16Phytochrome controls shade avoidance Seedlings that are shaded by larger (taller) plants that grow above them will show a shade avoidance response.A shade avoidance response involves increased elongation growth (stems and petioles) and inhibition of leaf expansion.As a result, the seedling will grow “above” of what causes the shade and will now be able to perform more efficient photosynthesis.As soon as the seedling is not anymore shaded, shade-avoidance growth stops.
17Phytochrome controls shade avoidance The shade avoidance response is controlled by Phytochromes and results from changes in the ratio of red to far-red light.Chlorophyl from plants that grow above the shaded seedling absorb blue and red light (but not far red light). The result is a lower ratio of red to far-red light received by the shaded plant. Lower levels of red light compared to far-red light means a lower level of active Phytochrome (Pfr) compared to inactive Phytochrome (Pr).Lower level of active Phytochrome will lead to more elongation growth (see etiolation versus de-etiolation) and less leaf expansion.
18Shade avoidance and Red:Far Red ratio Active phytochrome
20Blue Light and Plant Development To maximize photosynthesisPhototropins promote:1) Phototropism2) Chloroplast movement3) Stomatal opening
21See also lecture on auxin effects on plant development.
22(more energy reaches the leaf) (too much light)Chloroplasts move towards the source of light (too maximalize light harvest)Chloroplasts move away from the source of light (to minimize damage by the excess light energy).
23High-light avoidanceThe Chinese character for "light" on an Arabidopsis leaf. This image was created by exploiting the plant chloroplasts' protective response to strong light. Upon selective irradiation of the area within the character, chloroplasts in this region move from the cell surface to the side walls when light is detected by the blue light receptor NPL1. The leaf surface then appears paler in color in the irradiated area. [Image: M. Wada]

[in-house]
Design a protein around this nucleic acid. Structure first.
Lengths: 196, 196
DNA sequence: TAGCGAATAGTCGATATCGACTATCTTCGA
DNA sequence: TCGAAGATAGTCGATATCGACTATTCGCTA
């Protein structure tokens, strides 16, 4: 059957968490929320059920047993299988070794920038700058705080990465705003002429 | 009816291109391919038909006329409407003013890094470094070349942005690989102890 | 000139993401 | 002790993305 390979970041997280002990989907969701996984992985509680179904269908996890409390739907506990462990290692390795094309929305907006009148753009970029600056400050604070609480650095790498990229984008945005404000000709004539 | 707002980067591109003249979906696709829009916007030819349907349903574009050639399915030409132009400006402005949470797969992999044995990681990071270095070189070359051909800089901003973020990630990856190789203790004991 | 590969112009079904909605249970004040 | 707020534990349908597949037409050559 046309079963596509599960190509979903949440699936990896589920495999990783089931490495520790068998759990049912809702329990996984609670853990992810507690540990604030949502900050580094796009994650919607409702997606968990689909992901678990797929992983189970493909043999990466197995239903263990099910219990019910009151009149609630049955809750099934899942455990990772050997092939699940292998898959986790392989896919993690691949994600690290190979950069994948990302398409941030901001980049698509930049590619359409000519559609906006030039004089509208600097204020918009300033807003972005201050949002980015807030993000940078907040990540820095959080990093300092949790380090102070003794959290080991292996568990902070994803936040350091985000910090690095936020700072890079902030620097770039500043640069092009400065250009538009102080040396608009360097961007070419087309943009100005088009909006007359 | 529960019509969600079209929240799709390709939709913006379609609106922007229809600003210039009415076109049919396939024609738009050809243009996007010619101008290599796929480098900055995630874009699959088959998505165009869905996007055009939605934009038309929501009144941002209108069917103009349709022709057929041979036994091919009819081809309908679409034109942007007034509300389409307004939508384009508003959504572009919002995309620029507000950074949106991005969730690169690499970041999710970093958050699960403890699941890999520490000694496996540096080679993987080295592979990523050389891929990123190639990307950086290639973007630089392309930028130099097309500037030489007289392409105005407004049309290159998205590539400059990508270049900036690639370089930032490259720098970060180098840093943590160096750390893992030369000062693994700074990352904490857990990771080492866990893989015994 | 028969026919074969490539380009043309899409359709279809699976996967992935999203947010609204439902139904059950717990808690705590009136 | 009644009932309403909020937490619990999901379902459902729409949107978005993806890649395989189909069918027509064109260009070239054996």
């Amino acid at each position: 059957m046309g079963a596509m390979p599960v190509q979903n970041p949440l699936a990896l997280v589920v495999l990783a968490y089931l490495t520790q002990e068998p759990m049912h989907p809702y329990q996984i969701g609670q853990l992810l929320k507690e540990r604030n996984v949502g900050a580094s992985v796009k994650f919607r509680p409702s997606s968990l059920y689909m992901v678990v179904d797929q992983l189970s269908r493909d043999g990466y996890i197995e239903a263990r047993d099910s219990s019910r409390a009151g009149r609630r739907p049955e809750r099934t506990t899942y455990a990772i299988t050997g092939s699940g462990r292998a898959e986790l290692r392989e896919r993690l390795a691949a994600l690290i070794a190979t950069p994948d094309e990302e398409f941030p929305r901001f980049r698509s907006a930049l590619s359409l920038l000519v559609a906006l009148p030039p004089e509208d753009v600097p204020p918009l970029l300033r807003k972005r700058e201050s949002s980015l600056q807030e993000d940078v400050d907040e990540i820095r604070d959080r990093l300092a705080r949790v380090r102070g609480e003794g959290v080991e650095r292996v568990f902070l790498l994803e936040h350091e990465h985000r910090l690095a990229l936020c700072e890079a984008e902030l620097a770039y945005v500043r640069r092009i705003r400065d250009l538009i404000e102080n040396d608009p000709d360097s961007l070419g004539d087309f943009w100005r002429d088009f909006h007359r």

24Phototropins and stomatal opening Fig. 11-9b, p. 170Light affects the opening of stomata. In dim or no light, the stomata are closed; as the light intensity increases, the stomata open up to some maximum value.The blue part of the light spectrum is responsible for this response.Blue light is perceived by phototropins that then promote the increase in solute concentration of guard cells starting with the conversion of starch into malic acid (see lectures on absorption and transportation) .
26Blue Light and Plant Development To maximize photosynthesisCryptochromes :1) promote de-etiolation2) control circadian entrainment3) control flowering
27Cryptochromes promote de-etiolation Similar to Phytochromes, Cryptochromes promote the de-etiolation of seedlings and control the timing of flowering. However, in this case the response depends on blue light (not red).The combined effects of red and blue light in promoting de-etiolation is stronger than treatments with only red or only blue light.Cryptochromes and Phytochromes enhance each others effects in promoting seedling de-etiolation.When plants are exposed to both red and blue light, their growth responses become optimal for light harvesting. Light harvesting is done from the red and blue parts of the light spectrum.